Seven of the world's biggest pharmaceutical companies, including GlaxoSmithKline and Pfizer, are in talks with a leading international workers' organisation that could result in HIV drugs being given free to some of the world's poorest nations.
The talks are being held between the International Federation of Chemical, Energy, Mine and General Workers' Unions (ICEM) and the main producers of HIV drugs. Besides Pfizer, the world's largest drugs company, and Glaxo, they include US firms Bristol-Myers Squibb and Abbott Laboratories; Swiss-based Merck and Roche; and the family-owned German business Boehringer Ingelheim.
The talks got under way six months ago after a US-based consultant, acting for many of the pharmaceutical companies, approached the ICEM about supplying HIV drugs to poor countries where the virus is rampant. The aim is to provide individual patients with a tailor-made cocktail of anti-retroviral HIV drugs, either for free or at affordable prices. The talks are focused on sub-Saharan Africa and on those nations on the UN's list of the world's 49 least-developed countries.
The issue has been a controversial one, and many of the drug companies have been heavily criticised over their apparent refusal to provide affordable treatments. But the ICEM's general-secretary, Fred Higgs, is confident the talks will be successful.
"I'm optimistic that we will get a good result," said Mr Higgs. "I don't believe that, if the companies are serious, it will take us any longer than the end of the first quarter of next year for something beneficial to come out of it."
HIV and Aids have become a devastating problem for sub-Saharan Africa, where life expectancy has dropped to below 40 in some countries. The main problem is that the drugs are highly expensive and beyond the reach of the bulk of the population. HIV and Aids treatments are also protected by long patents, meaning cheaper generic versions are not currently available. Some pharmaceutical companies have stopped charging poorer countries for a variety of treatments, but these are mainly for the symptoms of Aids and do not include the crucial anti-retroviral drugs used in the treatment of HIV, which can significantly delay the onset of Aids. Many of the drugs companies do sell these at cheap rates, but the ICEM is keen to bring the prices down further under a single agreement with the producers.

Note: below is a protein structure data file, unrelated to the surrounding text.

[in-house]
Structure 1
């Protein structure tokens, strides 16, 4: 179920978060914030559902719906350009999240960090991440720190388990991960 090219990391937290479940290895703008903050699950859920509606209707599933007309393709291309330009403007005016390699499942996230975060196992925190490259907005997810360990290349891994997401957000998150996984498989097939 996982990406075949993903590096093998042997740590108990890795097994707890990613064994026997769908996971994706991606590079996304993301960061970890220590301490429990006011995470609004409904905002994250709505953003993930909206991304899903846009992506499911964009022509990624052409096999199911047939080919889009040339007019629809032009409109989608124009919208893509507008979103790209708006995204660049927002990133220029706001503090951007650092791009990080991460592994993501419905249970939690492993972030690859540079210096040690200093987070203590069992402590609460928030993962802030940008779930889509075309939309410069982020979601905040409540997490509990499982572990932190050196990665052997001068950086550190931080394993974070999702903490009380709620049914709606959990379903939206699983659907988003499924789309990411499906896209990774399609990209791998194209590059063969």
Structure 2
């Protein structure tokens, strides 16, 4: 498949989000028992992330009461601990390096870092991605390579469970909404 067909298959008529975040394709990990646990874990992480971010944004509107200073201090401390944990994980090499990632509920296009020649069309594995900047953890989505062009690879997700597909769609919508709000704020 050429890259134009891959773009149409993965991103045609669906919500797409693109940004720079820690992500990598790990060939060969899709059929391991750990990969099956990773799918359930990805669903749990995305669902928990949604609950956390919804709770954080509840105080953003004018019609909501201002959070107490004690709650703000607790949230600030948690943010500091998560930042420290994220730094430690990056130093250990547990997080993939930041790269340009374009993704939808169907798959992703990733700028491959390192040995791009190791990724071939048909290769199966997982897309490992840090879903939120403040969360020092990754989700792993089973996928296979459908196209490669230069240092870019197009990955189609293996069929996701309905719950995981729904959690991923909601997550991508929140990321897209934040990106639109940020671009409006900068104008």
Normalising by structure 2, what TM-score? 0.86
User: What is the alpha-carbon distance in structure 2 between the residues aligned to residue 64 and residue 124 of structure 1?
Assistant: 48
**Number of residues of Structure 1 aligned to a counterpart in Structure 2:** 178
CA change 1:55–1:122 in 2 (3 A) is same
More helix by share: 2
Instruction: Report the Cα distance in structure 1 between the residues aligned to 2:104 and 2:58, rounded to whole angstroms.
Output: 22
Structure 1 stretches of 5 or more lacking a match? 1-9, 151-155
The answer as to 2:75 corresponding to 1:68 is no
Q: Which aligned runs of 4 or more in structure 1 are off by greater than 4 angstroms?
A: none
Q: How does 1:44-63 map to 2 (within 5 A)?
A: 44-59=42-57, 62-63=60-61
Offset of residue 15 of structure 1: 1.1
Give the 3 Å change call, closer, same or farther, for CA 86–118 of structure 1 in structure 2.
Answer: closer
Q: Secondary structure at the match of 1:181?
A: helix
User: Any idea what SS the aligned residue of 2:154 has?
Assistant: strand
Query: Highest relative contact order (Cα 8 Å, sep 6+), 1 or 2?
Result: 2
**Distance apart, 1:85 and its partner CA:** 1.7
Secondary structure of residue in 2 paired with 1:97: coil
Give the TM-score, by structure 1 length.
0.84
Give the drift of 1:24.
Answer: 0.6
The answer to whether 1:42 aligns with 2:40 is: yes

The ICEM has 20 million members and 400 affiliated unions. It represents chemical workers in the pharmaceutical industry and in sectors hard hit by HIV, such as energy and mining in developing regions of sub-Saharan Africa, Asia and Latin America. Said Mr Higgs: "We feel the ICEM is strategically positioned to make a difference."
A spokesman for Glaxo, which has already cut the price it charges developing countries for HIV drugs, said: "Our ambition is to provide our medicines on a not-for-cost basis both to countries and to employers in those countries."